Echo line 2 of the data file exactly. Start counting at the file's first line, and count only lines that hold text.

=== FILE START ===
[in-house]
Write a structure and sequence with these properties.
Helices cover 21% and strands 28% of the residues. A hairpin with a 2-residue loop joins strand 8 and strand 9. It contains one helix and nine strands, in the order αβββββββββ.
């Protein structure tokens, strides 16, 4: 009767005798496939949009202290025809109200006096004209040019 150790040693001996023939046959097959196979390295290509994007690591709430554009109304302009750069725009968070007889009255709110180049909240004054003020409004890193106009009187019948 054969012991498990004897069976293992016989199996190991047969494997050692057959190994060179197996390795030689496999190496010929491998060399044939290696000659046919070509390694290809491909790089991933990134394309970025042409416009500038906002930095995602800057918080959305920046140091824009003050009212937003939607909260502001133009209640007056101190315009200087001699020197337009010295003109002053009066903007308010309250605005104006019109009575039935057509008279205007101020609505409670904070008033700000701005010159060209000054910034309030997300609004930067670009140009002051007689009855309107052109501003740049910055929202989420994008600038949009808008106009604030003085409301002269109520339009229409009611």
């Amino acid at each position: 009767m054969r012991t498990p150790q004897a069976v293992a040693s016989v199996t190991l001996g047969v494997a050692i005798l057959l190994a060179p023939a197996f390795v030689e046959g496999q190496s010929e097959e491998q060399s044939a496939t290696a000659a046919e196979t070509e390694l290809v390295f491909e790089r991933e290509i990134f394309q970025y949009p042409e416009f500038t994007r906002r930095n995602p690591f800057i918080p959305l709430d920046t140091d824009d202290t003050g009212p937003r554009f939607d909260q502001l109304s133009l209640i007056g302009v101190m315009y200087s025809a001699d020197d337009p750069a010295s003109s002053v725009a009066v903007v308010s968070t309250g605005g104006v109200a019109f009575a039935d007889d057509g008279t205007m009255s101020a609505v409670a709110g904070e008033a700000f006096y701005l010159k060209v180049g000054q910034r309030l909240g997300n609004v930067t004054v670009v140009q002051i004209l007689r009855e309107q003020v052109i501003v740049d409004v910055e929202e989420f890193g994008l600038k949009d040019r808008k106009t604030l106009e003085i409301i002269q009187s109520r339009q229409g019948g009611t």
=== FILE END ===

Write a structure and sequence with these properties.